Alzheimer's Disease Research - Current Award
Peter M. Tessier, Ph.D.
Rensselaer Polytechnic Institute
Troy, NY, United States
Title: Structure of Abeta C-Terminal Domain in Toxic Oligomers
Non-Technical Title: Structure of Toxic Particles of the Alzheimer's Disease Peptide
Duration: July 1, 2011 - January 31, 2014
Award Type: Pilot
Award Amount: $150,000
The seminal event in Alzheimer's disease is the misfolding and clumping of a protein fragment into small particles that are highly toxic to brain cells. Why such peptide particles are toxic, while other particles composed of the same peptide are non-toxic, is one of the key unanswered questions in Alzheimer's disease research. We seek to explain the structural differences between toxic and non-toxic peptide particles with the long-term goal of guiding the rational design and development of new therapeutics to treat Alzheimer's disease.
A protein called amyloid precursor protein (APP) can be cut into toxic and non‐toxic forms of beta‐amyloid. The toxic forms of beta‐amyloid (called beta‐amyloid 42) misfold and clump together into brain plaques, a hallmark of Alzheimer's disease. Other beta‐amyloid fragments of APP do not misfold. Dr. Peter Tessier and collaborators will use new detection methods to study the differences between toxic and non‐toxic folding of beta‐amyloid proteins in Alzheimer's disease. Their long term goal is to design a drug that could prevent this folding and clumping. If successful, this method could be applied to toxic misfolding that happens in other neurodegenerative diseases, like Parkinson's disease, Huntington's disease, and Prion disease (including Creutzfeld‐Jacob or “Mad Cow” disease).
Rational design of potent domain antibody inhibitors of amyloid fibril assembly. Ladiwala AR, Bhattacharya M, Perchiacca JM, Cao P, Raleigh DP, Abedini A, Schmidt AM, Varkey J, Langen R, Tessier PM. Proc Natl Acad Sci U S A. 2012 Nov 15.
Ladiwala, A.R, Litt, J., Kane, R.S., Aucoin, D.S., Smith, S.O., Ranjan, S, Davis, J., Van Nostrand, W.E., Tessier, P.M., "Conformational differences between two amyloid â oligomers of similar size and dissimilar toxicity", J. Biol. Chem., in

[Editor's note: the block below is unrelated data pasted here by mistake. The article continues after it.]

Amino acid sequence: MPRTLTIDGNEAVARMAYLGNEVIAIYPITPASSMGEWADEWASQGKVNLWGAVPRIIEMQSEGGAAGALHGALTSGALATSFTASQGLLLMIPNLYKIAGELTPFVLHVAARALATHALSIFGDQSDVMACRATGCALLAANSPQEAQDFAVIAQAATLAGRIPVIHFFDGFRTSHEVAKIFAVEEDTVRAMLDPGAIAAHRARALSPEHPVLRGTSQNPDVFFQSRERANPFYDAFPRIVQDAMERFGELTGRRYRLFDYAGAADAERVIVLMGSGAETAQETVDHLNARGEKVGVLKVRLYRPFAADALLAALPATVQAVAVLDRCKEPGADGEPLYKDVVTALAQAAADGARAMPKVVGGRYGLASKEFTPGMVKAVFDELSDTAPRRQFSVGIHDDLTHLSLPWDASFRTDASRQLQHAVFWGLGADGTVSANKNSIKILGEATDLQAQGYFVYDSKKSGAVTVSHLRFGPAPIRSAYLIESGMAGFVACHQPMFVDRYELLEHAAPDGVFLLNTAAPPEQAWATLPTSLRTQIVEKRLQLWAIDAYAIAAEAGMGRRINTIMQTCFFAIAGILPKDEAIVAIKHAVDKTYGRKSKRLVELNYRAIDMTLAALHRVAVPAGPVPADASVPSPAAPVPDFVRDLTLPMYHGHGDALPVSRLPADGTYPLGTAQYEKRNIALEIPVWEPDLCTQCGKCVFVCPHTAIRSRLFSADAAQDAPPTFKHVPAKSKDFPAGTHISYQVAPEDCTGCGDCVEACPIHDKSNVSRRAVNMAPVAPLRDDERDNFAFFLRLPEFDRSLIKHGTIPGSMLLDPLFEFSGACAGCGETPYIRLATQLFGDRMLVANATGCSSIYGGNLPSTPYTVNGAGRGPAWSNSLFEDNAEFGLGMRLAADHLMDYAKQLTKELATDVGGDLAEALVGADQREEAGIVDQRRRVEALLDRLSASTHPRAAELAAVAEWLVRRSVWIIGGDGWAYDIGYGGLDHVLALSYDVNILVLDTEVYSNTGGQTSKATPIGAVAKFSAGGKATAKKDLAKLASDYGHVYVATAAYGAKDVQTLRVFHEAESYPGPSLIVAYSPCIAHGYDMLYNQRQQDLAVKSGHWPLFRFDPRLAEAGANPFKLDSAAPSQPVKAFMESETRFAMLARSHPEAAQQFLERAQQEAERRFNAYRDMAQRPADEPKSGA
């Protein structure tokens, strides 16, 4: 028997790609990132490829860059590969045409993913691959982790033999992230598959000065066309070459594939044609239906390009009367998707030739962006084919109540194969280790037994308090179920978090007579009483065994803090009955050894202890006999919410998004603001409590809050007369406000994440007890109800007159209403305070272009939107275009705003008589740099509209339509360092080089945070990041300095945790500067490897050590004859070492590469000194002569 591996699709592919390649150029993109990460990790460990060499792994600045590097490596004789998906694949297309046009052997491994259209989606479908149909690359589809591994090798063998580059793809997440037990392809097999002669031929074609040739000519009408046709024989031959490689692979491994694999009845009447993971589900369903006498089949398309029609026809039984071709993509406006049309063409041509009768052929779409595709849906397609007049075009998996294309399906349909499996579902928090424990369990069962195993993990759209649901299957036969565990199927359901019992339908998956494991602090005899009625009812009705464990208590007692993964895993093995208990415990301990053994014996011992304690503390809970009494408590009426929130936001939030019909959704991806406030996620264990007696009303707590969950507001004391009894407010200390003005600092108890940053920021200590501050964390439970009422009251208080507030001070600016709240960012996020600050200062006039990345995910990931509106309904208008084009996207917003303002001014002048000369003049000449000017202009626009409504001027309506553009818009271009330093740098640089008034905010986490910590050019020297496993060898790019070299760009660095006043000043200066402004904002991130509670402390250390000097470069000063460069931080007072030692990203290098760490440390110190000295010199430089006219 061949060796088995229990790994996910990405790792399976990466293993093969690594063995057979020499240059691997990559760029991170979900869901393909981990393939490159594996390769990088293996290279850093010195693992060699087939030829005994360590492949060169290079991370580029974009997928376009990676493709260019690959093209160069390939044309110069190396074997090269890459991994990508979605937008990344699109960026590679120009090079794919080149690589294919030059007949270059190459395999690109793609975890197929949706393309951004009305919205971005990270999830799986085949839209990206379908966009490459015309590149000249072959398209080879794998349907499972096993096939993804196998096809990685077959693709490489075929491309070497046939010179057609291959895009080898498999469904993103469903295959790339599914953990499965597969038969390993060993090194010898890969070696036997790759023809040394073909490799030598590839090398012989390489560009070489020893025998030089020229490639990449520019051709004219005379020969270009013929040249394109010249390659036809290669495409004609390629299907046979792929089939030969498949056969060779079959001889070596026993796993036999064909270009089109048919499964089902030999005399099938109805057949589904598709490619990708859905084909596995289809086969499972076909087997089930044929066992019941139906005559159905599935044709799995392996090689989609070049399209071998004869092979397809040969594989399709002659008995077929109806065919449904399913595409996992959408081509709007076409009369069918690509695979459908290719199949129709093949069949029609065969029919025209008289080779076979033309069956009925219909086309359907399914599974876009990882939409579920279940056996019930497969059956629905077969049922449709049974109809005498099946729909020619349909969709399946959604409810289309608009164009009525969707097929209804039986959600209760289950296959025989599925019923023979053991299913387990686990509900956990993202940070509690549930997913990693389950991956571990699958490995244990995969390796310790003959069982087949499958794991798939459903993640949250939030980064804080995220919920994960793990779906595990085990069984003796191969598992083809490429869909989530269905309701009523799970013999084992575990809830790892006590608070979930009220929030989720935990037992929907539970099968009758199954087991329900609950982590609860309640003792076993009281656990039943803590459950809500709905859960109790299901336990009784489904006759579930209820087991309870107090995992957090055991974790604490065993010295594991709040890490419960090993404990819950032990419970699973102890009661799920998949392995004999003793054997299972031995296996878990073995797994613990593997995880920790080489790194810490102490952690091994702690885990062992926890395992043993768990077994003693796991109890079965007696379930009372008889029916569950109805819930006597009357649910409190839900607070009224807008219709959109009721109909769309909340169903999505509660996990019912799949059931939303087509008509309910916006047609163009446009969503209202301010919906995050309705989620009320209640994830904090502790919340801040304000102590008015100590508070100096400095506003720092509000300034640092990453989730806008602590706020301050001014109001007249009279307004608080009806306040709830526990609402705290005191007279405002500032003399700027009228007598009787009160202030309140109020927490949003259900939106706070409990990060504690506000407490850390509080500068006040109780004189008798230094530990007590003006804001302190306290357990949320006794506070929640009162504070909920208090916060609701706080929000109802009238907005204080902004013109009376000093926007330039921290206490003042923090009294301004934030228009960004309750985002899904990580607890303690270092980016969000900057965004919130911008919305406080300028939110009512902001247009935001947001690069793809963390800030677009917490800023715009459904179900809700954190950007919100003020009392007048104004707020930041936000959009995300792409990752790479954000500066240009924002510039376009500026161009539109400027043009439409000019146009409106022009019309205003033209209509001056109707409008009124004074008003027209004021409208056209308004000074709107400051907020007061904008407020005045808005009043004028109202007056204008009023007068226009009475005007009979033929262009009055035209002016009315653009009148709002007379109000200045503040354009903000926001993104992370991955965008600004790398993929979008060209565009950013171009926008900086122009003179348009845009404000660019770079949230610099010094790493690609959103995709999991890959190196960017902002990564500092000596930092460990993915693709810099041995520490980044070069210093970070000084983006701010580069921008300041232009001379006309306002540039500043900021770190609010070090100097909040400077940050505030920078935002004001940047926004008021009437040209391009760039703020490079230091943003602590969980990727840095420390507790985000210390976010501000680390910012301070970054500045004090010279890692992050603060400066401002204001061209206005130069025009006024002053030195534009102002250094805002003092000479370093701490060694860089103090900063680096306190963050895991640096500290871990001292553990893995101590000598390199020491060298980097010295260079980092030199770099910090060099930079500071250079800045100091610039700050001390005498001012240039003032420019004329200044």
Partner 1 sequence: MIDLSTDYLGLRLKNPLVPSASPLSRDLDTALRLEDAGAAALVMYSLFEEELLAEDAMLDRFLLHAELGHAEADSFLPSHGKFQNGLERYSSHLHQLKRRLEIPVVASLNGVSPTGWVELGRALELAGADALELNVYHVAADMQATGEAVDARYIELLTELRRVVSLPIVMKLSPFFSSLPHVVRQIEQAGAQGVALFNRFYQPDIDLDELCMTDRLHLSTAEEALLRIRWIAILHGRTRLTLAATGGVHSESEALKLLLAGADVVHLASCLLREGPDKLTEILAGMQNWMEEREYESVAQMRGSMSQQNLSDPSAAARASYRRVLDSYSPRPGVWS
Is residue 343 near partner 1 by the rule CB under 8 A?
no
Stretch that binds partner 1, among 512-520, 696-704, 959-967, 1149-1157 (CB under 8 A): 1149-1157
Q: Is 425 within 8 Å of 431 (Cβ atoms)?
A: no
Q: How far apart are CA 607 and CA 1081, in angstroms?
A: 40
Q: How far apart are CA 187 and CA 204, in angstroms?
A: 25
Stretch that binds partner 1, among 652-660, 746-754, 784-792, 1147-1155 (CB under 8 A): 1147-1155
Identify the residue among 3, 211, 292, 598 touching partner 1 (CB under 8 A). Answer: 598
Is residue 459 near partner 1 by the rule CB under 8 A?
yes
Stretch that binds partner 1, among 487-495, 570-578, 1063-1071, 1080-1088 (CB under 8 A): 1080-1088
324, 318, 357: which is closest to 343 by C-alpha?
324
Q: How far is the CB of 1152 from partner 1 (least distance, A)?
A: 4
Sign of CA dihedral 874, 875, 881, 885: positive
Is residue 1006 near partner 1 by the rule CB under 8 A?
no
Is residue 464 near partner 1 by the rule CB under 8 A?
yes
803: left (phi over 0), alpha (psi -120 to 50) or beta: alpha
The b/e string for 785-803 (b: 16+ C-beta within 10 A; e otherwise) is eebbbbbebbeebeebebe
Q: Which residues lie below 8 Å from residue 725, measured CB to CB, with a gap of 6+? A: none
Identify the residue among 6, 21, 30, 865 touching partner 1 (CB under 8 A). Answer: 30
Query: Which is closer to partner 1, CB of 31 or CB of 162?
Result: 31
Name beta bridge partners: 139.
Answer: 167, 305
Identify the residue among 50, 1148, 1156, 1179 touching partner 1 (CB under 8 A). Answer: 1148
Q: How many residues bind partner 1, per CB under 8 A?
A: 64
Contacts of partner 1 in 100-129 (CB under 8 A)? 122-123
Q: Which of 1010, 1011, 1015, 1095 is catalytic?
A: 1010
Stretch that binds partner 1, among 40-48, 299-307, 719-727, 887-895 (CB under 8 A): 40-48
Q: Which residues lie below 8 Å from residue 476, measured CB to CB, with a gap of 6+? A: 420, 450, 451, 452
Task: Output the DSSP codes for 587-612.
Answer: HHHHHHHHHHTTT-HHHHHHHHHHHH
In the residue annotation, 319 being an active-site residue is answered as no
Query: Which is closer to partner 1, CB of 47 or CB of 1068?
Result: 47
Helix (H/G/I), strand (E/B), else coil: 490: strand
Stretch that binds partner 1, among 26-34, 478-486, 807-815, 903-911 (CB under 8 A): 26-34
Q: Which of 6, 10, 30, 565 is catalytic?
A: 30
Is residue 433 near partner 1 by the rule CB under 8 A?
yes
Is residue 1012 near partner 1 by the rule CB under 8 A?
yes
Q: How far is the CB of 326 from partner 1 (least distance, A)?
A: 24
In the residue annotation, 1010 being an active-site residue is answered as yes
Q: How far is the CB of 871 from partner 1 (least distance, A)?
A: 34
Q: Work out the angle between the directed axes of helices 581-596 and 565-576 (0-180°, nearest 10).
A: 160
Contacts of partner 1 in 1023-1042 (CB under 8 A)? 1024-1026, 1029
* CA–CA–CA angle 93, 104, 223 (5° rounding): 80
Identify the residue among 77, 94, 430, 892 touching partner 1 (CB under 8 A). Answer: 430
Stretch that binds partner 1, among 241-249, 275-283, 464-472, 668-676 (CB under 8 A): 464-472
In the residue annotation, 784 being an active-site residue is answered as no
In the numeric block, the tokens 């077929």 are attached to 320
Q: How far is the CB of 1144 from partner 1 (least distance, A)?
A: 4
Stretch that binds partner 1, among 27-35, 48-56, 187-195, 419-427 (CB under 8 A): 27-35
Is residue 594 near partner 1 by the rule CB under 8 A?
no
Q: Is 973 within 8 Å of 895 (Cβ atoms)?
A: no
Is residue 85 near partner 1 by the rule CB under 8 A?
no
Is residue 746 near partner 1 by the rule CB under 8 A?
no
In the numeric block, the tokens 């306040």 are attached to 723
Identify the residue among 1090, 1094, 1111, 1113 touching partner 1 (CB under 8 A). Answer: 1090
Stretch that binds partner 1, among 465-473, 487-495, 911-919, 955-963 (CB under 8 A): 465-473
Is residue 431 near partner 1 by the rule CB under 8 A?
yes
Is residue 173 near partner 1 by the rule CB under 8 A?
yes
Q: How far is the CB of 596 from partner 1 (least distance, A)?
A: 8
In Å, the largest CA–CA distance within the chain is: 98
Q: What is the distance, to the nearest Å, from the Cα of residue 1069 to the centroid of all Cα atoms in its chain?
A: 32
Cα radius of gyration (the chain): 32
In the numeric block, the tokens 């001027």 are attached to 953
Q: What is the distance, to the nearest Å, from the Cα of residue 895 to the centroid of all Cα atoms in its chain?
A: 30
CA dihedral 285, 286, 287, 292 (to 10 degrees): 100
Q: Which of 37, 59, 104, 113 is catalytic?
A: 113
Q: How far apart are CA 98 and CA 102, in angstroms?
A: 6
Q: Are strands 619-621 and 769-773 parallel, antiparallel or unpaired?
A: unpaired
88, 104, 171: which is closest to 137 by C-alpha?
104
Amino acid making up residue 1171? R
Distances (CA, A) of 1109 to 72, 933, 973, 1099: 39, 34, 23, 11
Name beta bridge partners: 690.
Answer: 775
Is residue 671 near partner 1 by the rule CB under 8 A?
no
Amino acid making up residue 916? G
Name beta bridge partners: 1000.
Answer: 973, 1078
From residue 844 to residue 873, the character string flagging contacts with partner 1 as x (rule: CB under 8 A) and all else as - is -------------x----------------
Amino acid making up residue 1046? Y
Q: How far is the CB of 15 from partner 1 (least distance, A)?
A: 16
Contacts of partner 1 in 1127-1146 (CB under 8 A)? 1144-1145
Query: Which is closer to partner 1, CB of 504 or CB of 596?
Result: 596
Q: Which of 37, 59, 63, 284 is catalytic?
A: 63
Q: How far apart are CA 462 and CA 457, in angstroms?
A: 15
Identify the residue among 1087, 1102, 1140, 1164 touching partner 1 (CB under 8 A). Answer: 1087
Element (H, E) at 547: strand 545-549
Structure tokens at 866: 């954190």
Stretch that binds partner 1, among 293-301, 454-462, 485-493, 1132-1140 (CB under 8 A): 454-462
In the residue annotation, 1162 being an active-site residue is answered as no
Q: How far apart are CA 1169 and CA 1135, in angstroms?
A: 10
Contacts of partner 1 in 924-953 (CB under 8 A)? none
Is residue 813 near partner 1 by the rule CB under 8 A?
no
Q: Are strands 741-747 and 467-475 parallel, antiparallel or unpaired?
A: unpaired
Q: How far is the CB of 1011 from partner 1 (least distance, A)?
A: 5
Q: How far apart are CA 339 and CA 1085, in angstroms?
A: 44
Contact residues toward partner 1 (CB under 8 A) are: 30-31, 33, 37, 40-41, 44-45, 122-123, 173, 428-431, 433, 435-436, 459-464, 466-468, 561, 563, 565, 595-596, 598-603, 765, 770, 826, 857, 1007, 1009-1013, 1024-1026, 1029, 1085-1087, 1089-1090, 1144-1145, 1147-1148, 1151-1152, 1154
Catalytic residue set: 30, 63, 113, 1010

The seminal event in Alzheimer’s disease is the clustering of sticky protein fragments into small particles that are toxic to brain cells. Dr. Tessier’s team is basing their project on their recent discovery that the Alzheimer’s protein can form two types of particles of identical size, yet only one of them is toxic to brain cells. In the first year of this study, the team has developed new methods for investigating the structure of both types of protein particles to understand why only one type is toxic. They find that the stickiest regions of the Alzheimer’s protein are exposed on the surface of the toxic particles, while these same regions are shielded within the core of the non-toxic particles. Moreover, they find that the toxic Alzheimer’s particles are unusually effective at disrupting “membranes” (the packaging that keeps cells intact) that are similar to the outer wall of brain cells, while non-toxic particles are unable to disrupt such membranes. Dr. Tessier’s team suggests their results show that toxic Alzheimer’s particles have sticky surfaces that are able to interact with and disrupt brain cells, leading to cell death and loss of brain function. They expect that the methods they have developed for studying the structure of Alzheimer’s protein particles will be useful for identifying toxic particles in many other scientific studies of Alzheimer’s disease. Moreover, their findings suggest that drugs targeting the sticky patches of the Alzheimer’s protein may be most effective at preventing the toxicity of Alzheimer’s protein particles.
Dr. Peter Tessier is an assistant professor of Chemical & Biological Engineering at Rensselaer Polytechnic Institute. Tessier joined the Rensselaer faculty in 2007 following an American Cancer Society postdoctoral fellowship at the Massachusetts Institute of Technology's Whitehead Institute for Biomedical Research. He received his bachelor's degree in chemical engineering from the University of Maine and went on to earn his doctoral degree in chemical engineering from the University of Delaware. His research aims to understand the misfolding of proteins into toxic protein particles in Alzheimer's disease and related disorders with the long-term goal of preventing, reversing, or redirecting this deleterious misfolding behavior.